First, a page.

Coming out to his mom at 22 was difficult, he says. But once the family expressed their support, “I knew everything was going to be okay; it didn’t matter what anyone else thought.” He does recall some teasing at the rink, though: “My classmates didn’t know too much about my skating. So I don’t know if being out of school actually saved me.”
Rippon shrugged off his detractors. What required more immediate attention was the voice inside his head constantly demanding perfection. He barely missed making the USA Olympic Team in 2010 and ultimately ended up an alternate. Four years later, he faltered at nationals and came nowhere close to qualifying.
Disheartened, Rippon retreated inside himself and spent months adrift soul searching. But when he reappeared, the transformation was there for all to see. He cut and dyed his hair. He jettisoned his music program of the classics for tracks by The Beatles and Ida Corr. He became himself, and it set him free.More Content from Metrosource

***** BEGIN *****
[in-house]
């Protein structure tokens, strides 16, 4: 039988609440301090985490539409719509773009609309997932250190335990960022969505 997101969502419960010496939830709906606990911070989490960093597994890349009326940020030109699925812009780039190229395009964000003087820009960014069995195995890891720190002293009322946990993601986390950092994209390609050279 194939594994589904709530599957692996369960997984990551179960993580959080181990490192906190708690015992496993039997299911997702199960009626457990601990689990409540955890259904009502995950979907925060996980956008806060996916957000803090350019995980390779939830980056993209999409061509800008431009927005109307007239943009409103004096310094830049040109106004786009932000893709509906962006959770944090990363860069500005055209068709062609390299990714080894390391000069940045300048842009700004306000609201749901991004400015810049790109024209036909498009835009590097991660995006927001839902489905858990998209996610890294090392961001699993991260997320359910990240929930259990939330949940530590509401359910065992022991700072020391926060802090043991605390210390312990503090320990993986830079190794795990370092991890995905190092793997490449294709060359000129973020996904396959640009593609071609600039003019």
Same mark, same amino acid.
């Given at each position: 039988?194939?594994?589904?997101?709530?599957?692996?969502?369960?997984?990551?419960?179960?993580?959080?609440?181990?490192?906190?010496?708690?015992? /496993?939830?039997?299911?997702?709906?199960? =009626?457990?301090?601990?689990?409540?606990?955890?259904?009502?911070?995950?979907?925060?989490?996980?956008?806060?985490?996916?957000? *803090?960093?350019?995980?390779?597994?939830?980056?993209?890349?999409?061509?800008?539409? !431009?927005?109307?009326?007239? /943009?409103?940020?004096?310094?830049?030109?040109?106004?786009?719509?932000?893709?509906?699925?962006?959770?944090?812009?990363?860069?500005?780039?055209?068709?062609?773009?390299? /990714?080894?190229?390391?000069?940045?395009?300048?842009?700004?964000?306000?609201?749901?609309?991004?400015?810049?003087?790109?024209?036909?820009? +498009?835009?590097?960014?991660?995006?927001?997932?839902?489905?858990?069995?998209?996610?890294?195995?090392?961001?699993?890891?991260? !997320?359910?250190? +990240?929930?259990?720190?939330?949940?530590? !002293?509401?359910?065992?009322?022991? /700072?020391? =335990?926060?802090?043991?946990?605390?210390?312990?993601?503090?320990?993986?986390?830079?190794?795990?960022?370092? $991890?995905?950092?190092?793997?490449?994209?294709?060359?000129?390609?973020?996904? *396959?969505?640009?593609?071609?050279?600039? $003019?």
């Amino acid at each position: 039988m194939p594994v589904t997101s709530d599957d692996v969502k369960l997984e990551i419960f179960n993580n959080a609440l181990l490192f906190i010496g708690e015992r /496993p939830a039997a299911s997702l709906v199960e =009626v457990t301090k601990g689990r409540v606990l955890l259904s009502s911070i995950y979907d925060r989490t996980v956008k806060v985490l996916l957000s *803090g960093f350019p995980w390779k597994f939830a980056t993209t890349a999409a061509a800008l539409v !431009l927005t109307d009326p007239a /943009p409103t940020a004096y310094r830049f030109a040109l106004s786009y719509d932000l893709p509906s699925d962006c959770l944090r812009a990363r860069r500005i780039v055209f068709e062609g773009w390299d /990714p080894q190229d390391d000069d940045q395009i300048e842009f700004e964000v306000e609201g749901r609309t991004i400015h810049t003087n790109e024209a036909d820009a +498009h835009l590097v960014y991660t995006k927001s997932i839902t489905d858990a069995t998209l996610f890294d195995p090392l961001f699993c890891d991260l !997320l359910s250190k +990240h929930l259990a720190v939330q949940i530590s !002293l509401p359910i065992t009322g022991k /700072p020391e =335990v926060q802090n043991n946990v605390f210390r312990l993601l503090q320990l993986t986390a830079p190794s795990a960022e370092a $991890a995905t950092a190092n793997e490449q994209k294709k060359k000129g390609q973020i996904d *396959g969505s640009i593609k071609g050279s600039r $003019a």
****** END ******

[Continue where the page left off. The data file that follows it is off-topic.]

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Frozen in Time
In 2015, Rippon came out again — this time through a very public profile in Skating magazine, a publication of United States Figure Skating. He orchestrated the opportunity with as much precision as any routine he ever choreographed.
As he writes in his memoir,* “I told Renee Fulton, who was in charge of media relations for USFS, that I wanted to come out in the article. It was important to me that I come out through U.S. Figure Skating, so it would be a subliminal sign to young people that the organization is behind this and that they support their out athletes.